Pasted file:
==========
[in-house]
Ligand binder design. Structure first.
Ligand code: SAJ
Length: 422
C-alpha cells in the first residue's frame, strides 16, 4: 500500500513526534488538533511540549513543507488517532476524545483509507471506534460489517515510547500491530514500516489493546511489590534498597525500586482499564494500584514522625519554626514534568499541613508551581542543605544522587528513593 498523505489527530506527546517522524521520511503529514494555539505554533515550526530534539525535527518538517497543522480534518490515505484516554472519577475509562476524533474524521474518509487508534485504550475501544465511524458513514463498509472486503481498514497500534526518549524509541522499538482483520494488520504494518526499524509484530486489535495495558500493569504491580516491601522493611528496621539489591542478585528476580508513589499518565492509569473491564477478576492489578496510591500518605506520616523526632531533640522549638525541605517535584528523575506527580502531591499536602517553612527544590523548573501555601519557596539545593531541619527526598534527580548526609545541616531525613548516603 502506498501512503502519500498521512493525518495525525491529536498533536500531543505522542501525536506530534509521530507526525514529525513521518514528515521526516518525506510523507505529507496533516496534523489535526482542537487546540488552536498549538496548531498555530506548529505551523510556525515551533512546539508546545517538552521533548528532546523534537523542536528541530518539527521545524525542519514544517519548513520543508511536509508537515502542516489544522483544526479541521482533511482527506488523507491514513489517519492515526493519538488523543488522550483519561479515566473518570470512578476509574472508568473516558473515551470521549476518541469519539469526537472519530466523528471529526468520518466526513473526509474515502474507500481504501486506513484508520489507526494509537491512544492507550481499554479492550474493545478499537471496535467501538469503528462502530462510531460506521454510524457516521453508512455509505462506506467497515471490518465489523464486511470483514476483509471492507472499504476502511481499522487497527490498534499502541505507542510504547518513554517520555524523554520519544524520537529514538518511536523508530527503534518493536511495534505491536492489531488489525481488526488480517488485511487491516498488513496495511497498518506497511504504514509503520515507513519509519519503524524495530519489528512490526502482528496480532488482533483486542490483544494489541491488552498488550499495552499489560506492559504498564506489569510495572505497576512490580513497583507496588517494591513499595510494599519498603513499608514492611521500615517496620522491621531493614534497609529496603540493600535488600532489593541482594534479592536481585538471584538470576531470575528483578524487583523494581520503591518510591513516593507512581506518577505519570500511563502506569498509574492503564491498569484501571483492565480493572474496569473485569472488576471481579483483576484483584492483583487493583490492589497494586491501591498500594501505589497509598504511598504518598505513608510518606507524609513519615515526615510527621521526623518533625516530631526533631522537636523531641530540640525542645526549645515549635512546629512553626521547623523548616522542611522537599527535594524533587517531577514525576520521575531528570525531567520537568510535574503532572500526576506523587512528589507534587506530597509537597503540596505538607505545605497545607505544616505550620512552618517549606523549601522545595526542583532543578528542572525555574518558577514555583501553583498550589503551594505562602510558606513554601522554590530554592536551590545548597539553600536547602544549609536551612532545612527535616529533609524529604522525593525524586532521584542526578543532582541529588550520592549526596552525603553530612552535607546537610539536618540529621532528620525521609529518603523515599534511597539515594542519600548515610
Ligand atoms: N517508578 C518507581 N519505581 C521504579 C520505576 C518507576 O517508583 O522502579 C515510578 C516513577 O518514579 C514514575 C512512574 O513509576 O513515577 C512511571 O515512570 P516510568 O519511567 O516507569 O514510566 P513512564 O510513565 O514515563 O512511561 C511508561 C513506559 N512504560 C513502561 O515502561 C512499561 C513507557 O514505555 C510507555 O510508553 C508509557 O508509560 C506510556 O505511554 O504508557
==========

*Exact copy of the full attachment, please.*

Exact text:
[in-house]
Ligand binder design. Structure first.
Ligand code: SAJ
Length: 422
C-alpha cells in the first residue's frame, strides 16, 4: 500500500513526534488538533511540549513543507488517532476524545483509507471506534460489517515510547500491530514500516489493546511489590534498597525500586482499564494500584514522625519554626514534568499541613508551581542543605544522587528513593 498523505489527530506527546517522524521520511503529514494555539505554533515550526530534539525535527518538517497543522480534518490515505484516554472519577475509562476524533474524521474518509487508534485504550475501544465511524458513514463498509472486503481498514497500534526518549524509541522499538482483520494488520504494518526499524509484530486489535495495558500493569504491580516491601522493611528496621539489591542478585528476580508513589499518565492509569473491564477478576492489578496510591500518605506520616523526632531533640522549638525541605517535584528523575506527580502531591499536602517553612527544590523548573501555601519557596539545593531541619527526598534527580548526609545541616531525613548516603 502506498501512503502519500498521512493525518495525525491529536498533536500531543505522542501525536506530534509521530507526525514529525513521518514528515521526516518525506510523507505529507496533516496534523489535526482542537487546540488552536498549538496548531498555530506548529505551523510556525515551533512546539508546545517538552521533548528532546523534537523542536528541530518539527521545524525542519514544517519548513520543508511536509508537515502542516489544522483544526479541521482533511482527506488523507491514513489517519492515526493519538488523543488522550483519561479515566473518570470512578476509574472508568473516558473515551470521549476518541469519539469526537472519530466523528471529526468520518466526513473526509474515502474507500481504501486506513484508520489507526494509537491512544492507550481499554479492550474493545478499537471496535467501538469503528462502530462510531460506521454510524457516521453508512455509505462506506467497515471490518465489523464486511470483514476483509471492507472499504476502511481499522487497527490498534499502541505507542510504547518513554517520555524523554520519544524520537529514538518511536523508530527503534518493536511495534505491536492489531488489525481488526488480517488485511487491516498488513496495511497498518506497511504504514509503520515507513519509519519503524524495530519489528512490526502482528496480532488482533483486542490483544494489541491488552498488550499495552499489560506492559504498564506489569510495572505497576512490580513497583507496588517494591513499595510494599519498603513499608514492611521500615517496620522491621531493614534497609529496603540493600535488600532489593541482594534479592536481585538471584538470576531470575528483578524487583523494581520503591518510591513516593507512581506518577505519570500511563502506569498509574492503564491498569484501571483492565480493572474496569473485569472488576471481579483483576484483584492483583487493583490492589497494586491501591498500594501505589497509598504511598504518598505513608510518606507524609513519615515526615510527621521526623518533625516530631526533631522537636523531641530540640525542645526549645515549635512546629512553626521547623523548616522542611522537599527535594524533587517531577514525576520521575531528570525531567520537568510535574503532572500526576506523587512528589507534587506530597509537597503540596505538607505545605497545607505544616505550620512552618517549606523549601522545595526542583532543578528542572525555574518558577514555583501553583498550589503551594505562602510558606513554601522554590530554592536551590545548597539553600536547602544549609536551612532545612527535616529533609524529604522525593525524586532521584542526578543532582541529588550520592549526596552525603553530612552535607546537610539536618540529621532528620525521609529518603523515599534511597539515594542519600548515610
Ligand atoms: N517508578 C518507581 N519505581 C521504579 C520505576 C518507576 O517508583 O522502579 C515510578 C516513577 O518514579 C514514575 C512512574 O513509576 O513515577 C512511571 O515512570 P516510568 O519511567 O516507569 O514510566 P513512564 O510513565 O514515563 O512511561 C511508561 C513506559 N512504560 C513502561 O515502561 C512499561 C513507557 O514505555 C510507555 O510508553 C508509557 O508509560 C506510556 O505511554 O504508557